Loyal Opposition to Const, Private, Freeze, Non-Configurable, Non-Writable...
mikeal.rogers at gmail.com
Wed Nov 2 09:46:46 PDT 2011
I agree with every sentence in this post.
On Nov 2, 2011, at November 2, 20119:05 AM, Jeremy Ashkenas wrote:
> On Wed, Nov 2, 2011 at 11:01 AM, David Bruant <bruant.d at gmail.com> wrote:
> Could you elaborate on this point?
> All object-lockdown I can think (non-configurability, non-writability, non-enumerability, private names, const variables, const classes) of is optional. Why are you against them?
> I was about to say "if you're unsatisfied, create a language which doesn't provide features you don't like, like Coffeescript", but... humm...
> So, why being against the introduction of features in the language?
> I'd be glad to elaborate -- but since it's off topic for minimal classes, changing the Subject here.
> What draws people to dynamic languages is freedom.
> Let's set arguments about security and constraint guarantees aside for a moment (although I'd be glad to have those as well), and talk about these keywords as pure features:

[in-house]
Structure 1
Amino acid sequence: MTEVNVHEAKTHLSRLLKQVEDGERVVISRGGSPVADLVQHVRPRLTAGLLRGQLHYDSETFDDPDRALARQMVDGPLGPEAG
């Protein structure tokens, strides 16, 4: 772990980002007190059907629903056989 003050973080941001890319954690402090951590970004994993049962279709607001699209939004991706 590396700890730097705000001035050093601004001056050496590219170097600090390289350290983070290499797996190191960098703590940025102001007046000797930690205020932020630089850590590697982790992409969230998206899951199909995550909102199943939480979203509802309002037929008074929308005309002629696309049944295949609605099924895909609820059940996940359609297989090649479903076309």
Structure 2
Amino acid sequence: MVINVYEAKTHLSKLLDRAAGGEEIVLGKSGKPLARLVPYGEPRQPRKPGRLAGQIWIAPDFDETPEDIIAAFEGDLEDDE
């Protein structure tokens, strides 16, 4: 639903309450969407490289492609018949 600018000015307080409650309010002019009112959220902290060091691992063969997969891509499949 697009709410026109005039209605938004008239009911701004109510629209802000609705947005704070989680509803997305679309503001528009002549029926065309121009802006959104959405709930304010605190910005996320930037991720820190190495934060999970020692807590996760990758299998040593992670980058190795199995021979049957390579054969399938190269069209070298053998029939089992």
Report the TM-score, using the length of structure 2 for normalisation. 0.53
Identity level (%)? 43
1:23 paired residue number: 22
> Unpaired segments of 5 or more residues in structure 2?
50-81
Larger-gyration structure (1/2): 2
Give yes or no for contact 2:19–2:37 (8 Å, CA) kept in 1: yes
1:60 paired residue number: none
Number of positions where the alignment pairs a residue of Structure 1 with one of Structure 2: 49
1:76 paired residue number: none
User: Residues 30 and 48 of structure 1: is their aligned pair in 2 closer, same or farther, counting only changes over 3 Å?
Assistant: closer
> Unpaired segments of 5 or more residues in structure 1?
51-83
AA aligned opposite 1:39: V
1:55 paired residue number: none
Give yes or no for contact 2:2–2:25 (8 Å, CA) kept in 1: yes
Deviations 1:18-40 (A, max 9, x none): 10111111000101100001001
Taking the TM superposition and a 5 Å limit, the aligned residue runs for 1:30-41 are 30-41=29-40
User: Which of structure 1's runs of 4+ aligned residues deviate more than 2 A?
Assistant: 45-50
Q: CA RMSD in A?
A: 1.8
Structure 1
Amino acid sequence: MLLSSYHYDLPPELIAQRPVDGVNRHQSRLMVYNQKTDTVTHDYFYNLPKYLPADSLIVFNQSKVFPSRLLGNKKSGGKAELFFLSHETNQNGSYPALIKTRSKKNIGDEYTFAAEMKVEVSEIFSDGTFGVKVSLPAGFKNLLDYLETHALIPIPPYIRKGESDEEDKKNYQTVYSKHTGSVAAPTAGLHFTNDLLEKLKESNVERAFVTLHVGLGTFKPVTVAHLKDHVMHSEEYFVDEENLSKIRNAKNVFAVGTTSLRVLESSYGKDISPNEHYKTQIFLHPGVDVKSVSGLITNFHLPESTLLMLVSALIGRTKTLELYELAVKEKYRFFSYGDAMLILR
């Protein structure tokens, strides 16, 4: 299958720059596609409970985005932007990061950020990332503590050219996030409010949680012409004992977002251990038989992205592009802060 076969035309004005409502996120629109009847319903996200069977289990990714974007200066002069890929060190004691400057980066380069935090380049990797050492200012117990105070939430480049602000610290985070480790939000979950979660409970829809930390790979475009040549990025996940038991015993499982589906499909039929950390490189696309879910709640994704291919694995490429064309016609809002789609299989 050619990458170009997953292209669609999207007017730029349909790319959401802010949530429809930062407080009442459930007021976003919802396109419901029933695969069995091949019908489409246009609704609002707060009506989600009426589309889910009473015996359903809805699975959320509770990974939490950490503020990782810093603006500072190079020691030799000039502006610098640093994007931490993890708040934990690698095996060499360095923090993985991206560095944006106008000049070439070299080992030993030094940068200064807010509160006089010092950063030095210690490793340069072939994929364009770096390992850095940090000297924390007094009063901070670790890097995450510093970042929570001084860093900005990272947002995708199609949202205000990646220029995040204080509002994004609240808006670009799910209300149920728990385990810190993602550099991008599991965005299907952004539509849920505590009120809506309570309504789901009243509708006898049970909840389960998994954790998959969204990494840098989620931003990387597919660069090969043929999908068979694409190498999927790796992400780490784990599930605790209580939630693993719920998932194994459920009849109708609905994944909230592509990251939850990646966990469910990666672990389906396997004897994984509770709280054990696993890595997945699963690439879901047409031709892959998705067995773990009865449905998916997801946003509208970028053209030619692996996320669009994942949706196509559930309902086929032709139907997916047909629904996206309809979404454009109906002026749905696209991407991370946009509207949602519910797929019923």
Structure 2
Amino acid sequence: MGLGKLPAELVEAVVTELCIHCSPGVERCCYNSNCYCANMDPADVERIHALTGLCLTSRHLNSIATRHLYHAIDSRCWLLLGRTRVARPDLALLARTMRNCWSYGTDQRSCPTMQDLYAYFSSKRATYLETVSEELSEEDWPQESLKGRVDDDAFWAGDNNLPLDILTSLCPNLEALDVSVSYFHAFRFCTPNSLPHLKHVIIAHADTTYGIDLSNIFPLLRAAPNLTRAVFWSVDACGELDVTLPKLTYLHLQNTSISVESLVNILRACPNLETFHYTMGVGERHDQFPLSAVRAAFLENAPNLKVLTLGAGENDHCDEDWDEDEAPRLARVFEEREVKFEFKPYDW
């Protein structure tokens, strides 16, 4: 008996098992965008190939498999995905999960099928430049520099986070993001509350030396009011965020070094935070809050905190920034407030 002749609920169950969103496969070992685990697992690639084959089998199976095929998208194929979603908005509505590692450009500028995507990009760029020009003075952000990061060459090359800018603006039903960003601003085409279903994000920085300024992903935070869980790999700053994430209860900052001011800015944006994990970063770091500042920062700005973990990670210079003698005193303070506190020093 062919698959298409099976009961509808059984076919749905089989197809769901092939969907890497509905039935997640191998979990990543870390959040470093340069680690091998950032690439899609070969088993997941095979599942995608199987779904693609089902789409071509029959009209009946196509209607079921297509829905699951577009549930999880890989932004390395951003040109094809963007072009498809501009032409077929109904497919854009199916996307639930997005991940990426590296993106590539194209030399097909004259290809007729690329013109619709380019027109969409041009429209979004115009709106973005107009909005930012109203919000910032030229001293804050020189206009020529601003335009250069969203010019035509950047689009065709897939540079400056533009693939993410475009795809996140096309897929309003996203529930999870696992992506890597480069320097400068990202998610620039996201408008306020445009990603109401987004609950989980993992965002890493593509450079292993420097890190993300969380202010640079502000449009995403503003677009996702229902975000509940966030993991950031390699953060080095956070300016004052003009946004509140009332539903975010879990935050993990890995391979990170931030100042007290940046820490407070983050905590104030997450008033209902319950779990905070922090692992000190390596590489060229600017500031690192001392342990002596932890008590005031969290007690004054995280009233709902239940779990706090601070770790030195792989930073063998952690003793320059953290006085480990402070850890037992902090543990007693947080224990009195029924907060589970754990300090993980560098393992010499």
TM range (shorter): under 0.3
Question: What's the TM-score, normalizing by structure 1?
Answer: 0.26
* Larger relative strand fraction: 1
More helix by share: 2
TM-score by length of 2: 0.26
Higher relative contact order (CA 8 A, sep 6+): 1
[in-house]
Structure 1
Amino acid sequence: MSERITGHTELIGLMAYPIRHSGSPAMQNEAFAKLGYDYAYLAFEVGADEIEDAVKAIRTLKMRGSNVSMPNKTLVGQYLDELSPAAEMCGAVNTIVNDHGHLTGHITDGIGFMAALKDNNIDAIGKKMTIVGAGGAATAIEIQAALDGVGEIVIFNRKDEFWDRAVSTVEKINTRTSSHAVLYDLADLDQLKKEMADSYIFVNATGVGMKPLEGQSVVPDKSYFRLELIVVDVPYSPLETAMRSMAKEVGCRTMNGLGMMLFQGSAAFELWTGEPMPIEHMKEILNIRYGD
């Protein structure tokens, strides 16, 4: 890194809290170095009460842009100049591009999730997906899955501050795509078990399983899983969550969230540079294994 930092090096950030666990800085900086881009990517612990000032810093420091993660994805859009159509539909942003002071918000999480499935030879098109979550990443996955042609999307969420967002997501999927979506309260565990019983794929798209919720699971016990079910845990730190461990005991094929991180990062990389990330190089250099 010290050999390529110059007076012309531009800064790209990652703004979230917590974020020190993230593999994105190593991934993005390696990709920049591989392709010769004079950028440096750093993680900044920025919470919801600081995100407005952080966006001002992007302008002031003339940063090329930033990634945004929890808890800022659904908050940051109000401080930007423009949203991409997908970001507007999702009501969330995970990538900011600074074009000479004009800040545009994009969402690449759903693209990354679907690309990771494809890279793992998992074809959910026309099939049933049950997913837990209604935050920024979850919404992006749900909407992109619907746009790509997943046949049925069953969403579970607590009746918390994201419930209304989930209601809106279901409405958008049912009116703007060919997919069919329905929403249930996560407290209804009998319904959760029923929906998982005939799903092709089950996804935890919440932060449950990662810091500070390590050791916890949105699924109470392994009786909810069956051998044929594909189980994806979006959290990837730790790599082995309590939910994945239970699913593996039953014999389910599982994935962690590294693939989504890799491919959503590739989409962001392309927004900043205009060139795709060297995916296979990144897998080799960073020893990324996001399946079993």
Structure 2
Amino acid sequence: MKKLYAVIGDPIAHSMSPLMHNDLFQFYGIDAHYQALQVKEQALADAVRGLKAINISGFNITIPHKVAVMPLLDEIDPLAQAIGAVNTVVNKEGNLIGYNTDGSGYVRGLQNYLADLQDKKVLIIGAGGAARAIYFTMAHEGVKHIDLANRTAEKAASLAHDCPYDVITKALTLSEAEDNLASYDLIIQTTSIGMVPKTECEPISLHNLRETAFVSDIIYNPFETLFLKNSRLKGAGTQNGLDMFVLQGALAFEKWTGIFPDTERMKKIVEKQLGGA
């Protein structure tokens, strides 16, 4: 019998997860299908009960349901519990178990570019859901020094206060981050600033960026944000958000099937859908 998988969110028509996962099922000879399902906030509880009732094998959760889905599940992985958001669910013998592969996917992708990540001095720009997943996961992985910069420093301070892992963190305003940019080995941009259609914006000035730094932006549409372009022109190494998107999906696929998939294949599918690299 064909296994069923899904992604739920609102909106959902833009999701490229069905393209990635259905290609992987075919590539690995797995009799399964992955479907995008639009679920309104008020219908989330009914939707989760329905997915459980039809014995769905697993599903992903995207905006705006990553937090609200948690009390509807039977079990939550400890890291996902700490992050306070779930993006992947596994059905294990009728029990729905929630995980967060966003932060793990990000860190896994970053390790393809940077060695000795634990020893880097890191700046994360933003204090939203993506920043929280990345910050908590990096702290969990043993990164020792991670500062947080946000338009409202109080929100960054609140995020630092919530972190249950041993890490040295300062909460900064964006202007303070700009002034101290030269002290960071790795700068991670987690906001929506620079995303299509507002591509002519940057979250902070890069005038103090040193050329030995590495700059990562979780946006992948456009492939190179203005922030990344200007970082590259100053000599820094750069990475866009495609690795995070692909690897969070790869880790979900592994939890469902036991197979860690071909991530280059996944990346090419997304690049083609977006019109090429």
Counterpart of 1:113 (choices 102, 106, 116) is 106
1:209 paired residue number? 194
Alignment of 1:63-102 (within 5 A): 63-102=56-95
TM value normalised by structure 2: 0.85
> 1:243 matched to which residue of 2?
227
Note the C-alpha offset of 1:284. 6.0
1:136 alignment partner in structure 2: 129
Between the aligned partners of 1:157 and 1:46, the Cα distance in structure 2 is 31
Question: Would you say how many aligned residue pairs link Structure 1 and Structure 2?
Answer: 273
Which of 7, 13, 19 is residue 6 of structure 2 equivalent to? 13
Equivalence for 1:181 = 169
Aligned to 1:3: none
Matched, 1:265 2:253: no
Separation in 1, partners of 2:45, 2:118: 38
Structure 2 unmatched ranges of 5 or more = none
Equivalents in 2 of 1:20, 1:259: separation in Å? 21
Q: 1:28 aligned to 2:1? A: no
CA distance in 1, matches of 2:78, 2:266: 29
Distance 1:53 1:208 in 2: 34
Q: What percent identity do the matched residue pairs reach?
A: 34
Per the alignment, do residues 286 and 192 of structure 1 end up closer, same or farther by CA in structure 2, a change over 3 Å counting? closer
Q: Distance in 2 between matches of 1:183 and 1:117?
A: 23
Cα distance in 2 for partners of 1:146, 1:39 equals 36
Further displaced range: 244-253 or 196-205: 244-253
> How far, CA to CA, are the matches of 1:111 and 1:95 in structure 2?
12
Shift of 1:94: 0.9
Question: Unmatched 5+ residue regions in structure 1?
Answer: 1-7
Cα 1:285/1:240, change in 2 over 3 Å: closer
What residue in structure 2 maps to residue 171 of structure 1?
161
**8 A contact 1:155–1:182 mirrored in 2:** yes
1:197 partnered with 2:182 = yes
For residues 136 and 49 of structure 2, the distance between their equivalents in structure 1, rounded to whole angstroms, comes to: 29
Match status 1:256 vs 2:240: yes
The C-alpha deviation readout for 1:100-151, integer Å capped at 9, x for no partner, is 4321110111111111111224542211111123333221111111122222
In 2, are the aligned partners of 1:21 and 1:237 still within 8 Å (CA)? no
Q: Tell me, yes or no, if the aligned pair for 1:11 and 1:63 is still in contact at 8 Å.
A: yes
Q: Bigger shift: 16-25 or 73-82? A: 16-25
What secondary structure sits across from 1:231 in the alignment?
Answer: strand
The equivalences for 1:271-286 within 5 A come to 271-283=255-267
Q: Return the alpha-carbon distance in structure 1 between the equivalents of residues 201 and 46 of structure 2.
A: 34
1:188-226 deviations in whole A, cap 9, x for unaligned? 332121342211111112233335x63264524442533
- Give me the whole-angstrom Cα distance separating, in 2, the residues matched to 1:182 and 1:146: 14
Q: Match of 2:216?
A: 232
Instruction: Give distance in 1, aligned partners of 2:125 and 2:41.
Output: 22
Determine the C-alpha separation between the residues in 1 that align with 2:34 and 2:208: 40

> "private" does not add anything new to a property. If you don't want the property to be used outside of the class ... don't use the property outside of the class.
> "const" does not add anything new to a variable. If you don't want to change the value of a variable ... don't change the value of the variable.
> "freeze" does not add anything new to an object. If you don't want to change the shape of an object ... don't change the shape of the object.
> Note that Ruby, another very dynamic language, has "private" and constants. And yet private methods can be called from the outside, with "send", and contants can be explicitly overwritten with new values. They are simply red tape, not concrete walls. For better or for worse, I have very rarely seen a large-scale Ruby project that does *not* call a private method externally, or overwrite a constant during configuration.
> Can a free, dynamic language be abused? Certainly. Is Prototype.js dangerous? For some websites, it can be (including NYTimes.com, where I work).
> The freedom of having every object and every property be configurable, settable, introspectable, readable and writable, at least at the language level, is worth the trade off. If we add const, private, and other lock-down syntax, or make class properties private by default (shudder), I guarantee you that many potential innovative libraries that otherwise might spring up will never even be conceived, and frustrating situations that could have otherwise been solved by a quick patch will instead require convoluted work-arounds.
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